Preventive Medicine between Obligation and Aspiration
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Preventive Medicine between Obligation and Aspiration

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Description

Preventive Medicine between Obligation and Aspiration is a study of ethical questions regarding mass screening, vaccination, and health policy programmes. These interventions aim to enhance public health but may also constrain personal autonomy and cause harm, and influence our moral views. So far, these issues have hardly been subject to systematic ethical analysis. This study aims to fill this gap by providing an overview of moral problems in preventive medicine and by explicating norms for good practice. Throughout the book it is argued that some moral concerns about prevention - namely concerns about medicalization - cannot be adequately grasped in terms of strict and binding moral norms. Various moral concepts and types of norms `beyond obligation' are explored and developed in order to give practical meaning to these rather vague concerns. In this way the book contributes to applied ethics as well as to ethical theory. It is of interest to professionals in public health and preventive medicine and to scholars in applied ethics and moral philosophy.
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Product details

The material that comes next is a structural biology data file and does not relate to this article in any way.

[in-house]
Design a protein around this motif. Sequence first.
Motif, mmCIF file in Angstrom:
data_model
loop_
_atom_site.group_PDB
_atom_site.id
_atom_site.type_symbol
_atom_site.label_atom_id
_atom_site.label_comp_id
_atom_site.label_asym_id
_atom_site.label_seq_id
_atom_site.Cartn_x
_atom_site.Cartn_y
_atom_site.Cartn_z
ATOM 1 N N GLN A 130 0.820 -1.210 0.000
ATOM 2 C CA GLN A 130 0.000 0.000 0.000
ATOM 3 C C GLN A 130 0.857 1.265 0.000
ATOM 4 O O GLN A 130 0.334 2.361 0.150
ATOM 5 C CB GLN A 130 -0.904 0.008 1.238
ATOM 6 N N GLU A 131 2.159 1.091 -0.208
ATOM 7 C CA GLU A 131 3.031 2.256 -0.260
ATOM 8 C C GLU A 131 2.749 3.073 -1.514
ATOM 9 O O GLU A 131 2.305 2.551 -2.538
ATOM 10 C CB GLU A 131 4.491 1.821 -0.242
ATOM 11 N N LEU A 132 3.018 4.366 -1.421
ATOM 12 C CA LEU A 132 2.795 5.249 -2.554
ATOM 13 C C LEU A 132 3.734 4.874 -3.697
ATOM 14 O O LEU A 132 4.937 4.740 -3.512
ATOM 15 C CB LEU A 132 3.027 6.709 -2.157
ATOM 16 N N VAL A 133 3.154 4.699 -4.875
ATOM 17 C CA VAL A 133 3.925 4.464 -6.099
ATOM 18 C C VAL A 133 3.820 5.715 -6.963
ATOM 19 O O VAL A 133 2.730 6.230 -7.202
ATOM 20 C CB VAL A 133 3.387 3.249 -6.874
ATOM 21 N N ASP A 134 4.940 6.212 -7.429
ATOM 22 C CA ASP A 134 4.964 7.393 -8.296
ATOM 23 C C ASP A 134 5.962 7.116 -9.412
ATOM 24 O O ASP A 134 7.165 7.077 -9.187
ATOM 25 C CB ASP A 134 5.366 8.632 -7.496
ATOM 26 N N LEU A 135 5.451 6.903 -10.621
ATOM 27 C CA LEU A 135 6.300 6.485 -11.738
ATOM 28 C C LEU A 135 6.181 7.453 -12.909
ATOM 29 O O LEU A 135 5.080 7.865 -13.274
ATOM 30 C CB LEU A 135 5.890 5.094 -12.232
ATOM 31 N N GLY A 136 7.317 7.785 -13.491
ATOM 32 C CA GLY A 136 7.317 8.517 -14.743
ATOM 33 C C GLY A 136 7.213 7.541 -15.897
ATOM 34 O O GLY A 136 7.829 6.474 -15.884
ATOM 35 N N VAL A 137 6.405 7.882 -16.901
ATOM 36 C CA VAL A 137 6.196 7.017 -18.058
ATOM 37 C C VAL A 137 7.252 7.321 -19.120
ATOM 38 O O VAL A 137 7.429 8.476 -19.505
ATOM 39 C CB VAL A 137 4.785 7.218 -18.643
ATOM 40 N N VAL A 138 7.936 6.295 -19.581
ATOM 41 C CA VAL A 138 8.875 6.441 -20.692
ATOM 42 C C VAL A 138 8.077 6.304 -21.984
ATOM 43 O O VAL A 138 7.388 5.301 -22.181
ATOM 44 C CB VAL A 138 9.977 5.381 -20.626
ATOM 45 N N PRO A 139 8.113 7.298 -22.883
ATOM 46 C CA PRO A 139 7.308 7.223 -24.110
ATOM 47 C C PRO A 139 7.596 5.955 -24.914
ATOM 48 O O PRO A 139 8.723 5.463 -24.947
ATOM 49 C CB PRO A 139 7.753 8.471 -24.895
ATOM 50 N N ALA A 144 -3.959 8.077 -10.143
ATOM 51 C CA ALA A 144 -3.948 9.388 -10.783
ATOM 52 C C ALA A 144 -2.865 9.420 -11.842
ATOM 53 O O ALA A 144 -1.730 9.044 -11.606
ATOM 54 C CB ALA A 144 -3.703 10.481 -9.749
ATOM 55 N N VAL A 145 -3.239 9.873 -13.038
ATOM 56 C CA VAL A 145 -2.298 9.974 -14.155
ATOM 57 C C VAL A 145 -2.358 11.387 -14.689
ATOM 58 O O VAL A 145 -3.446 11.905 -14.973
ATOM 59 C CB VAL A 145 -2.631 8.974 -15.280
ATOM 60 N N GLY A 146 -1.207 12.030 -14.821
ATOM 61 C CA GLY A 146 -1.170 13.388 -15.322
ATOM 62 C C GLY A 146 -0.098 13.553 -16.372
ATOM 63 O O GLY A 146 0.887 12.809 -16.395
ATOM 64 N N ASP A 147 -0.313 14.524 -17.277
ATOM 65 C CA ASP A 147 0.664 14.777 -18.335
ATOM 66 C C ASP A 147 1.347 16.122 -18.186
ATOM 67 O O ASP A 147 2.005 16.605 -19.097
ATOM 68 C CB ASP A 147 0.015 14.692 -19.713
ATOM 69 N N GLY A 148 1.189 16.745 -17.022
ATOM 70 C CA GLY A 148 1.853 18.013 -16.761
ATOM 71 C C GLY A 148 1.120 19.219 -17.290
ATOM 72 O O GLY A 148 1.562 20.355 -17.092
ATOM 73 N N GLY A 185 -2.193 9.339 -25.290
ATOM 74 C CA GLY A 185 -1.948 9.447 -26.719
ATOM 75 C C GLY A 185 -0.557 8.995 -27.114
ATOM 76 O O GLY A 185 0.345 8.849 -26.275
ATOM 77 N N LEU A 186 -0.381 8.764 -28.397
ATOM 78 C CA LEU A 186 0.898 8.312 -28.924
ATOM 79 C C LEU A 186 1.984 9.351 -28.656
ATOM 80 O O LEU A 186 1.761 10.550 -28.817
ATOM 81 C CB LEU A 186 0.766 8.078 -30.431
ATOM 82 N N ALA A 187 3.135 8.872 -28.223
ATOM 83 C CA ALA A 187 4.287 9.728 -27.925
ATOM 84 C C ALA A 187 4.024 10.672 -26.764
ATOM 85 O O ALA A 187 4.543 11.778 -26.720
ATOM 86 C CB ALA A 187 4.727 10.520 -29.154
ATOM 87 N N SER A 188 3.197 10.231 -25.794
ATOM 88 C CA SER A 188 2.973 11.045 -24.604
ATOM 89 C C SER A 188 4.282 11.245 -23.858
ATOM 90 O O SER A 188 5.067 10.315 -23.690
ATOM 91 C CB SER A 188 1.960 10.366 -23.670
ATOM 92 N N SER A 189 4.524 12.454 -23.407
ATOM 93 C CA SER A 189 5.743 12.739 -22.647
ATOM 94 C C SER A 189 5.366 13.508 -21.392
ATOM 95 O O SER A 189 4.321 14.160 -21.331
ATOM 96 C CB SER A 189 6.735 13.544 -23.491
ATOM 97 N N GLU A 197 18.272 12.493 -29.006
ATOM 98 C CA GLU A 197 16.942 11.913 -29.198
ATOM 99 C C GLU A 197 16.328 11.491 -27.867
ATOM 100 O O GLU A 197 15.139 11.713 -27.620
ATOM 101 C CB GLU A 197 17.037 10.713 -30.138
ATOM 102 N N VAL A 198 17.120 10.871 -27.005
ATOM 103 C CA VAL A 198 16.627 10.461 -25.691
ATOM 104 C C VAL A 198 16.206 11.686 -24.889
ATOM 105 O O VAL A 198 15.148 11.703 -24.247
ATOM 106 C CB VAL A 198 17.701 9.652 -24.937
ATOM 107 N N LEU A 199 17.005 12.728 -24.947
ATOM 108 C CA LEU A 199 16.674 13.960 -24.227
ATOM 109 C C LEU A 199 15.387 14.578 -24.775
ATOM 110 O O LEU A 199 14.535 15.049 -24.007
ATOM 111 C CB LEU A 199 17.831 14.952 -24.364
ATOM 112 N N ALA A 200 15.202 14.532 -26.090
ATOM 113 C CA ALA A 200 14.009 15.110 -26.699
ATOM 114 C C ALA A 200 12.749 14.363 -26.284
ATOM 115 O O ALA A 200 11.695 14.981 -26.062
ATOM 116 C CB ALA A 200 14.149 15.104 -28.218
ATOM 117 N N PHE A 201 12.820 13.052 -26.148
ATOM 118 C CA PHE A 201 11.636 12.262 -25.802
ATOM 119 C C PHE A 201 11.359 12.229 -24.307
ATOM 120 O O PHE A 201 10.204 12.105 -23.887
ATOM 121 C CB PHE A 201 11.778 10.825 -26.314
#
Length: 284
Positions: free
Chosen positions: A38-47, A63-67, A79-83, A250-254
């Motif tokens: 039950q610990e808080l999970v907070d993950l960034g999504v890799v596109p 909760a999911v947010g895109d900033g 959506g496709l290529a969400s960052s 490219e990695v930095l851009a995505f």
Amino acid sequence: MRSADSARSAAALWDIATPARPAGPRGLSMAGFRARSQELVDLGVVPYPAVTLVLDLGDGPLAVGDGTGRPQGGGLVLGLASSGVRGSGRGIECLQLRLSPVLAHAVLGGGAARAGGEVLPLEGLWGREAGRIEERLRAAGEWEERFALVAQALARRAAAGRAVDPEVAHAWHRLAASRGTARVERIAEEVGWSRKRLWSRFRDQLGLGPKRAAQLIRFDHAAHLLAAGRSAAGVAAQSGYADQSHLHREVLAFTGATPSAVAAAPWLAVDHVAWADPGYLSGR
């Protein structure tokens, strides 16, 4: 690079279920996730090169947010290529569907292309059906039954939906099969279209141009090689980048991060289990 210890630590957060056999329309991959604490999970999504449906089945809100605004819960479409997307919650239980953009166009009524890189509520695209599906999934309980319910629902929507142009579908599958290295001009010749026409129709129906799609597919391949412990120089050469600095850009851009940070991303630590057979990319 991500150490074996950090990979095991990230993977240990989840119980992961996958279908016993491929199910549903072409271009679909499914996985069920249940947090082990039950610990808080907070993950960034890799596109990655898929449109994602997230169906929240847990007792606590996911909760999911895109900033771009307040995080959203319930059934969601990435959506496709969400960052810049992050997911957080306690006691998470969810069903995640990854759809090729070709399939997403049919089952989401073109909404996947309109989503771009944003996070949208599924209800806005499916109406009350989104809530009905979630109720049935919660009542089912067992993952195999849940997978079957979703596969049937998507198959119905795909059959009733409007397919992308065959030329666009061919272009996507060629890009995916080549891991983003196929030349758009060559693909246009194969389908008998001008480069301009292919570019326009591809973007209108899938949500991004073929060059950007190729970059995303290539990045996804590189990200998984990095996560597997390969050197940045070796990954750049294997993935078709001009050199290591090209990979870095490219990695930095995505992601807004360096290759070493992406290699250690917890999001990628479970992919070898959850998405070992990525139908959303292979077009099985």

• Hardback | 192 pages
  • 155 x 235 x 12.7mm | 1,030g
  • Dordrecht, Netherlands
  • English
  • 2000 ed.
  • VIII, 192 p.
  • 0792366913
  • 9780792366911

Table of contents

Preface and acknowledgements. 1. Introduction. Part I: Preventive Medicine: Moral Problems and Moral Norms. 2. What is preventive medicine? 3. Medical-ethical dimensions of preventive medicine. 4. The prevention paradox and tensions between private and public interests. 5. Medicalization as a moral problem for preventive medicine. Part II: Obligation and Beyond. 6. The concept of duty and obligation. 7. Medicalization, moral obligations and beyond. 8. Beyond obligation. Conclusions. Bibliography. Index.
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Review quote

`...the book makes a valuable contribution to this increasingly important area of philosophy of medicine and health care, and may be generally of interest to scholars in applied ethics'
Medicine, Health Care and Philosophy, 5:1 (2002)
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